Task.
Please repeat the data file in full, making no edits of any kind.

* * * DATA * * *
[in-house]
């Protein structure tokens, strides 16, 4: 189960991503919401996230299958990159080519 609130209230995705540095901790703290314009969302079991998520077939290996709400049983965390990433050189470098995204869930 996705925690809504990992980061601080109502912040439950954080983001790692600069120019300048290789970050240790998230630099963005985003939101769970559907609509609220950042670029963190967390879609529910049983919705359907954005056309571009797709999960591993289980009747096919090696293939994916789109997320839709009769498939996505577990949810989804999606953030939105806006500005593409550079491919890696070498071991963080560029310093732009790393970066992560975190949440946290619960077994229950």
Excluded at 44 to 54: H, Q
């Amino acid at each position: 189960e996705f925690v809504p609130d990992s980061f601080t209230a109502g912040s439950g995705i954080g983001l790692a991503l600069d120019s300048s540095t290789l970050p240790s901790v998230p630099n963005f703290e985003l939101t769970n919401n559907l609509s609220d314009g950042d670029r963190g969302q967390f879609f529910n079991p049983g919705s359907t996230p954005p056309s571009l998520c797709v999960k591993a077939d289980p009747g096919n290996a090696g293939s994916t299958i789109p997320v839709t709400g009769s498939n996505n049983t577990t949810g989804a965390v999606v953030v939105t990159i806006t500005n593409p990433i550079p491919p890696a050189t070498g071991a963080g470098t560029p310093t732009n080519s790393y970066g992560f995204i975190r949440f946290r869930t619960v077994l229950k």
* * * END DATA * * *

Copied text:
[in-house]
């Protein structure tokens, strides 16, 4: 189960991503919401996230299958990159080519 609130209230995705540095901790703290314009969302079991998520077939290996709400049983965390990433050189470098995204869930 996705925690809504990992980061601080109502912040439950954080983001790692600069120019300048290789970050240790998230630099963005985003939101769970559907609509609220950042670029963190967390879609529910049983919705359907954005056309571009797709999960591993289980009747096919090696293939994916789109997320839709009769498939996505577990949810989804999606953030939105806006500005593409550079491919890696070498071991963080560029310093732009790393970066992560975190949440946290619960077994229950």
Excluded at 44 to 54: H, Q
């Amino acid at each position: 189960e996705f925690v809504p609130d990992s980061f601080t209230a109502g912040s439950g995705i954080g983001l790692a991503l600069d120019s300048s540095t290789l970050p240790s901790v998230p630099n963005f703290e985003l939101t769970n919401n559907l609509s609220d314009g950042d670029r963190g969302q967390f879609f529910n079991p049983g919705s359907t996230p954005p056309s571009l998520c797709v999960k591993a077939d289980p009747g096919n290996a090696g293939s994916t299958i789109p997320v839709t709400g009769s498939n996505n049983t577990t949810g989804a965390v999606v953030v939105t990159i806006t500005n593409p990433i550079p491919p890696a050189t070498g071991a963080g470098t560029p310093t732009n080519s790393y970066g992560f995204i975190r949440f946290r869930t619960v077994l229950k």